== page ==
The Belarussian authorities have unofficially banned poultry exports in a bid to curb food inflation amid the worsening economic situation.
The Russian newspaper, Kommersant, citing its own sources, reported that 7 of Belarus’ largest food companies got a prescription from the authorities to suspend poultry, eggs and dairy exports. The Belarussian Agricultural and Food Ministry reportedly stopped issuing veterinary certificates for poultry exports from 5 October. The decision was justified by a need “to saturate the domestic market”.
On 5 October, Belarussian President Alexander Lukashenko said he had “prohibited inflation” and decided to “freeze food prices”. He also added that, in his understanding, state and private enterprises grew “too fat” from unreasonable price increases.
To fulfil the president’s decision, the government rolled out a new price regulation system at the end of October, under which poultry producers would have to seek permission from several government agencies to raise wholesale prices. In the Belarussian capital, new price tags also had to be approved by the Minsk City Council.
Several other controversial decisions accompanied the step. For example, the authorities prohibited barter deals between food producers and their suppliers, which were seen as a way of partly circumventing the ban on price increases. In addition, all bonuses and reimbursements for the export of Belarussian food products were also forbidden.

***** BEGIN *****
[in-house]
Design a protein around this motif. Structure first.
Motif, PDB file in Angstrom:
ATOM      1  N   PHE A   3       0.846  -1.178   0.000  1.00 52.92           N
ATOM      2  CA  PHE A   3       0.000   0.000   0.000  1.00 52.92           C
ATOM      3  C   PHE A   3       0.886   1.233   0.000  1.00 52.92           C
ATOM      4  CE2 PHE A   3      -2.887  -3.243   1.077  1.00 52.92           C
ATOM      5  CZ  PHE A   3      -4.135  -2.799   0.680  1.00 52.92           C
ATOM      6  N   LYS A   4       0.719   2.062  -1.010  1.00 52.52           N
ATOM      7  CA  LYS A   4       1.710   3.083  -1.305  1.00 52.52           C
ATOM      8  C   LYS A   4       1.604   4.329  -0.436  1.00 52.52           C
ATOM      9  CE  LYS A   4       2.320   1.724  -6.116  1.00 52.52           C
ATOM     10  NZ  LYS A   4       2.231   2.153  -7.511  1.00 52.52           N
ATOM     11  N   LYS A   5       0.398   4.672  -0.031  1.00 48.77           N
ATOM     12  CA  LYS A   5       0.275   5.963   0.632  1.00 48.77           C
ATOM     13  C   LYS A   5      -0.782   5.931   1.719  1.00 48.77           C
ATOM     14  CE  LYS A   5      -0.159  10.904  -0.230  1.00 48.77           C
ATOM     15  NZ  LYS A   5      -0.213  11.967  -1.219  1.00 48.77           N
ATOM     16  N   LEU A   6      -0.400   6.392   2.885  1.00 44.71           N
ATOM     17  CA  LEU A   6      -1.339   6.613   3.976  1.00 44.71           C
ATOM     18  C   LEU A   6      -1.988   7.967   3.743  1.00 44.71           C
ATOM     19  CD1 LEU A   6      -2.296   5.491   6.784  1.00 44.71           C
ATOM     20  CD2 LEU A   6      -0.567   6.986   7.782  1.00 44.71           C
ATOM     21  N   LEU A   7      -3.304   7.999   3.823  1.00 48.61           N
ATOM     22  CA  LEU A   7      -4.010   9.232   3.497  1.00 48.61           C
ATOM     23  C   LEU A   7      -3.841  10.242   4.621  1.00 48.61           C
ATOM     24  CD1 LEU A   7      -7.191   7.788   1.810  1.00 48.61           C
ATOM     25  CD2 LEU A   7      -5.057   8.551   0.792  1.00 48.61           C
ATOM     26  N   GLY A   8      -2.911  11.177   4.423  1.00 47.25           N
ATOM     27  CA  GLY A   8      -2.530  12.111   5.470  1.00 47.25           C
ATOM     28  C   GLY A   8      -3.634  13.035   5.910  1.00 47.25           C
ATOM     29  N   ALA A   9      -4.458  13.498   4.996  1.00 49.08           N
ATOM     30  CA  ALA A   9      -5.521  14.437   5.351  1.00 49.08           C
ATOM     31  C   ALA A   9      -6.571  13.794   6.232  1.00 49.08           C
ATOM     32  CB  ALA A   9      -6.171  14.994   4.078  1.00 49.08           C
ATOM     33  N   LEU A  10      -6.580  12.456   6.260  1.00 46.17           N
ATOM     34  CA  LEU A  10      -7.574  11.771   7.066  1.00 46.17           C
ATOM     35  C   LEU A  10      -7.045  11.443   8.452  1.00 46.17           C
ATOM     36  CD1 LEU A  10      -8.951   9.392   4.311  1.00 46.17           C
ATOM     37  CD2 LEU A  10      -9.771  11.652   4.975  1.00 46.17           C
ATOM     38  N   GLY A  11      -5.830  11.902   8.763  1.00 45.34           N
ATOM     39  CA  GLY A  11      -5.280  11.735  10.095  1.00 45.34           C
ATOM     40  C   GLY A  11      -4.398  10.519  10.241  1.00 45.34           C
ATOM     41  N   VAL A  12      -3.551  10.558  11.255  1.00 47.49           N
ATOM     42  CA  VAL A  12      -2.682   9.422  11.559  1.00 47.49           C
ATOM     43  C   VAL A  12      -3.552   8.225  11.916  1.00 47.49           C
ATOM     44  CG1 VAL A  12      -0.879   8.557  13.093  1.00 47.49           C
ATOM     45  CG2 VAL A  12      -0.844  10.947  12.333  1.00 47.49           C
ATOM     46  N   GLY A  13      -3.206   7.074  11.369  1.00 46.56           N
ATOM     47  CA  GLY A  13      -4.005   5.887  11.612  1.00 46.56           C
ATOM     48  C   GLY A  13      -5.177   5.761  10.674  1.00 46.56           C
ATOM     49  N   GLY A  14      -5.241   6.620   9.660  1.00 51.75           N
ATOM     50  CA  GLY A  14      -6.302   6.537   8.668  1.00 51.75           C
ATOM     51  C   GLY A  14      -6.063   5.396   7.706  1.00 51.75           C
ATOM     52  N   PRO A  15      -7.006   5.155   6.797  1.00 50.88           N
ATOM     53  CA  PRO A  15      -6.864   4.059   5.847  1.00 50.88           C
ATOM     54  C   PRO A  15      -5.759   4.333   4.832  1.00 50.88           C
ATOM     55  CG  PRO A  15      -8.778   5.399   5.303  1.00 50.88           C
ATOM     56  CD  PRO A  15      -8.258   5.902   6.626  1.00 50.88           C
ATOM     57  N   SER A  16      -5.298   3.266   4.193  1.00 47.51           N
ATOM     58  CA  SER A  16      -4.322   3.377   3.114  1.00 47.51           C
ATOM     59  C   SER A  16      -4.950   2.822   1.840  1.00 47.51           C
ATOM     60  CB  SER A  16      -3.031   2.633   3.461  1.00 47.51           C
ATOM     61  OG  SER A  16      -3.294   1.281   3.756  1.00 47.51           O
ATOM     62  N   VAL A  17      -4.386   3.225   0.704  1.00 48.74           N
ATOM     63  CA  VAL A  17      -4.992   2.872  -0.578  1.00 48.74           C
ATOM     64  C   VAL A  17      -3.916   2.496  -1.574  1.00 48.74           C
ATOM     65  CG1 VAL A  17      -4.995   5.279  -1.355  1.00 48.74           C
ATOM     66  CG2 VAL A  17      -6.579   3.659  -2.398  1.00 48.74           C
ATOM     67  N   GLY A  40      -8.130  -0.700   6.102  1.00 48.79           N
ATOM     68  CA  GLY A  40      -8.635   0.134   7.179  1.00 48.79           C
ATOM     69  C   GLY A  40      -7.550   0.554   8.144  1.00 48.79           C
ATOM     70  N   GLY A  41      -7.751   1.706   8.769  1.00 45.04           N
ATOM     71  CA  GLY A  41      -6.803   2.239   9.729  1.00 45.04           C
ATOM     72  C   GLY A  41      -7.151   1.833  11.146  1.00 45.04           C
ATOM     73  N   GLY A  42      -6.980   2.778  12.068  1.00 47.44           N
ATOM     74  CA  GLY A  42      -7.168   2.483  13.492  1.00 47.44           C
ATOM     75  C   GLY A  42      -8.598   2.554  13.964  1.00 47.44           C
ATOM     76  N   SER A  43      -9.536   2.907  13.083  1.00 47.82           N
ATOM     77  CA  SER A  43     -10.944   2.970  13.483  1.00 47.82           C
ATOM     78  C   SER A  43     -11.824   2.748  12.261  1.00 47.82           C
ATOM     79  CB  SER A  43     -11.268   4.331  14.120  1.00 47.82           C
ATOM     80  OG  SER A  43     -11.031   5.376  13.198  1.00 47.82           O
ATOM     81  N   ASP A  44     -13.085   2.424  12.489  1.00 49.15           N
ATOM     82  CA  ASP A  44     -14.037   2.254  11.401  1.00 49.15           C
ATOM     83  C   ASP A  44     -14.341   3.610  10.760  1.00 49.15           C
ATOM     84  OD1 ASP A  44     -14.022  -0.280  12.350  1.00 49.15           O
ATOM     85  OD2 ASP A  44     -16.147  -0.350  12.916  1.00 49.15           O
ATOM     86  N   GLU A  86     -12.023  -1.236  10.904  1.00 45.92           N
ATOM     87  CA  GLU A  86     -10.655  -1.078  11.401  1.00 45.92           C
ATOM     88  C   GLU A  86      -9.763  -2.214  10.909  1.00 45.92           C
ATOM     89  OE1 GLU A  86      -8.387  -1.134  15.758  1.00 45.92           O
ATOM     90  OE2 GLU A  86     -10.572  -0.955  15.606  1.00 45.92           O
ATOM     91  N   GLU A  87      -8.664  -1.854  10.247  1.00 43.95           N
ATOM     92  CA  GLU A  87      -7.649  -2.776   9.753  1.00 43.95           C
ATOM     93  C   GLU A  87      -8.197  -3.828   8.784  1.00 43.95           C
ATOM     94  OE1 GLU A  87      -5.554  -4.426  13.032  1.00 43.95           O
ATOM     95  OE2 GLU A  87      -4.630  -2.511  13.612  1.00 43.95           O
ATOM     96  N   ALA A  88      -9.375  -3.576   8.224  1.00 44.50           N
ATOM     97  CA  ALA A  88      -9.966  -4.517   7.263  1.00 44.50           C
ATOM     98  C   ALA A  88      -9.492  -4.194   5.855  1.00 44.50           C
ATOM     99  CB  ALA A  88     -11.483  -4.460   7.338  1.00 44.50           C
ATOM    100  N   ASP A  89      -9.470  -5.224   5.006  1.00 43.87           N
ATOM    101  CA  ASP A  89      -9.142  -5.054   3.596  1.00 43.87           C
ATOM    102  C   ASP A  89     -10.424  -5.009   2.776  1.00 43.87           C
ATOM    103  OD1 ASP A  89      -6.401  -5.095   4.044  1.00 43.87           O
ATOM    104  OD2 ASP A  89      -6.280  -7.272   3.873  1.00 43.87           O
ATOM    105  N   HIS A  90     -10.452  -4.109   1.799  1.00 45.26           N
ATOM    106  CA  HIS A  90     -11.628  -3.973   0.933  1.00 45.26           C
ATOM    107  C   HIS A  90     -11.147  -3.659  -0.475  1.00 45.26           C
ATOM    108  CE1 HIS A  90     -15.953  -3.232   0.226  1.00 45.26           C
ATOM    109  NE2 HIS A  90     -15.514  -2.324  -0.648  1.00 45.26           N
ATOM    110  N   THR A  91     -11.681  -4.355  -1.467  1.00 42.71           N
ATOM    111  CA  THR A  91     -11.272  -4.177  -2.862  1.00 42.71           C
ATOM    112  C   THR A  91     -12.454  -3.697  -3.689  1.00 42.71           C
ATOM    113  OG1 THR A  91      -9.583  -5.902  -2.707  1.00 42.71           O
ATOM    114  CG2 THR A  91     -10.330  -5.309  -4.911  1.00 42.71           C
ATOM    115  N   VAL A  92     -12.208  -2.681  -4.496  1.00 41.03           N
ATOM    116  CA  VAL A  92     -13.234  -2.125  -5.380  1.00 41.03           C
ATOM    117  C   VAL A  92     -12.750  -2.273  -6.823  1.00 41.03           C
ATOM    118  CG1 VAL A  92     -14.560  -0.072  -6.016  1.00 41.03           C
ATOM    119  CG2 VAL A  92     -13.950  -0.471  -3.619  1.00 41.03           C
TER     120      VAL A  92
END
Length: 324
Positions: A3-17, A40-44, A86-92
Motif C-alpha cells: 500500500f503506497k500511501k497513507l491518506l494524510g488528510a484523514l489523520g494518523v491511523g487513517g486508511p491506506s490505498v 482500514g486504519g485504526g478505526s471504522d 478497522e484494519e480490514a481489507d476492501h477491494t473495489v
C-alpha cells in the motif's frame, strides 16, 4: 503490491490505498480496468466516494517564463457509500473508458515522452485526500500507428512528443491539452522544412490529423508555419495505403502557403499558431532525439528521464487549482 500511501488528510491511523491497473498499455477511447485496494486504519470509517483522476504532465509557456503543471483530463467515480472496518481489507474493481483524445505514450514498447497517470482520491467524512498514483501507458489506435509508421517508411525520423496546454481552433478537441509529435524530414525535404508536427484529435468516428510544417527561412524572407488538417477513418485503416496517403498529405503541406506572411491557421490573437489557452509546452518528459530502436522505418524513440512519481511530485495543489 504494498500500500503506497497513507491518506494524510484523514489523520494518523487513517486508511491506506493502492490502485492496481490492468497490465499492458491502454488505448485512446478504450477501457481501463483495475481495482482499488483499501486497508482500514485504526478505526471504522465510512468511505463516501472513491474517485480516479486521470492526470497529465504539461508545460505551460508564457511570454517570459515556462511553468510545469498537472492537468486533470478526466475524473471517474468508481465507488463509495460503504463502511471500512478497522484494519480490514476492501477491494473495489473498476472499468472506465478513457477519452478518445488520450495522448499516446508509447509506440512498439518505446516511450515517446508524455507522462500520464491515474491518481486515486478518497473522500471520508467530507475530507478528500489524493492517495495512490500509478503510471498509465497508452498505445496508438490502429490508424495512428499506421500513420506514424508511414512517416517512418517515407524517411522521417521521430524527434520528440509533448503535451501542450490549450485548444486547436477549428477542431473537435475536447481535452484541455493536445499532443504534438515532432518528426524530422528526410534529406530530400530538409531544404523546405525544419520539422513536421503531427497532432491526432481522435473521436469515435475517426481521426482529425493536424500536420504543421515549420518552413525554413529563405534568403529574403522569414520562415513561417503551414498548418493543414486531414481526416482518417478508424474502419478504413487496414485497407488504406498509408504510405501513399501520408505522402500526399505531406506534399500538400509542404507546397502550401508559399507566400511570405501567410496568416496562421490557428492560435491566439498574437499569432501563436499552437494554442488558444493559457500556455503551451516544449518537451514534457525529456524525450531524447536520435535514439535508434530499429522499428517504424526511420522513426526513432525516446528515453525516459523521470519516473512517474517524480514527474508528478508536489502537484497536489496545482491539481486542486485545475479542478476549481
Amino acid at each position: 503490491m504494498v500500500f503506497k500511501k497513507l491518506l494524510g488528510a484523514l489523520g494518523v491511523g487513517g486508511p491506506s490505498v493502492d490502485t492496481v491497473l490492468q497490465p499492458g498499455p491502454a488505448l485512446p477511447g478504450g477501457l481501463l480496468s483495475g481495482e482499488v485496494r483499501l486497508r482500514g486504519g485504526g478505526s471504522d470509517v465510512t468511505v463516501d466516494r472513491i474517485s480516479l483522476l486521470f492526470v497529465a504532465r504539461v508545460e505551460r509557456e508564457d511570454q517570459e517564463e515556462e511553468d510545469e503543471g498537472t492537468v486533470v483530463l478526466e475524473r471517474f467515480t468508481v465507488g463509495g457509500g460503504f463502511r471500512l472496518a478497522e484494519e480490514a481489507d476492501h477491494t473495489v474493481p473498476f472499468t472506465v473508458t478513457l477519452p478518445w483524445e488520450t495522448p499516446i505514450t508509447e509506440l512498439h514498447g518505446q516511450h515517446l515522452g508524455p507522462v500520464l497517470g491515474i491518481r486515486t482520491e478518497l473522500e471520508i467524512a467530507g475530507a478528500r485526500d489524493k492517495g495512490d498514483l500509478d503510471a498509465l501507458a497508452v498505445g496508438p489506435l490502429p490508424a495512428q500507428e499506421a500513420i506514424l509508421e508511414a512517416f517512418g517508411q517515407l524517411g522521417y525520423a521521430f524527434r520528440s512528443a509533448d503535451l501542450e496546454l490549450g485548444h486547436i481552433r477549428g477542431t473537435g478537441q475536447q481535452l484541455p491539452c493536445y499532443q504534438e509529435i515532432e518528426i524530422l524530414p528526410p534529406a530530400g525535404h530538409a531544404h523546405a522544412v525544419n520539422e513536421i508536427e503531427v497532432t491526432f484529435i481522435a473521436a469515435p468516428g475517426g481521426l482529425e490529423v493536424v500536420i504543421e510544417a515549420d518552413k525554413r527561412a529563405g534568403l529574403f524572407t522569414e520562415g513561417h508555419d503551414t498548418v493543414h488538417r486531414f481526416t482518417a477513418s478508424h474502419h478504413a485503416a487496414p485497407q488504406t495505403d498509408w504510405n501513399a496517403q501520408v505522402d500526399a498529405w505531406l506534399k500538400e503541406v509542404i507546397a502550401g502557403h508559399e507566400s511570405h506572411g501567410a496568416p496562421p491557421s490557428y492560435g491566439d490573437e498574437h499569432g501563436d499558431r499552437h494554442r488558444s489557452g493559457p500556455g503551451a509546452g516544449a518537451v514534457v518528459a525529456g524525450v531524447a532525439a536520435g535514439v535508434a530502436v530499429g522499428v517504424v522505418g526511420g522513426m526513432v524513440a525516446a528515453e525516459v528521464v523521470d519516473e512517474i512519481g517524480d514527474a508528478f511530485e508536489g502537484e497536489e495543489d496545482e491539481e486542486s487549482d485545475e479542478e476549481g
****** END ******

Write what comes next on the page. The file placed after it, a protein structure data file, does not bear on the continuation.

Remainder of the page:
The Belarussian poultry companies refused to speak with the Russian press about new export restrictions. On the other hand, the Russian veterinary watchdog, Rosselhoznadzor, told Kommersant that it was not informed about the Belarussian export ban.
Belarus exports between 120,000 and 140,000 tonnes of poultry meat to the Russian market. As the ban comes into force at the end of the year, it is likely to entail a drop in supplies by around 30,000 tonnes in 2022, Kommersant reported, citing its sources in the market.
Besides, the Belarussian decision to suspend egg exports will benefit Russian egg companies, which have been recently hit by fierce competition and a drop in prices.
The Belarussian government is taking steps to limit food inflation amid the deteriorating economic situation in the country.
This year, a prolonged military campaign in Ukraine and additional sanctions created significant downside risks for the Belarussian economy. For instance, the international think tank FocusEconomics projects the economy to contract 6.3% in 2022 and 0.4% in the next year.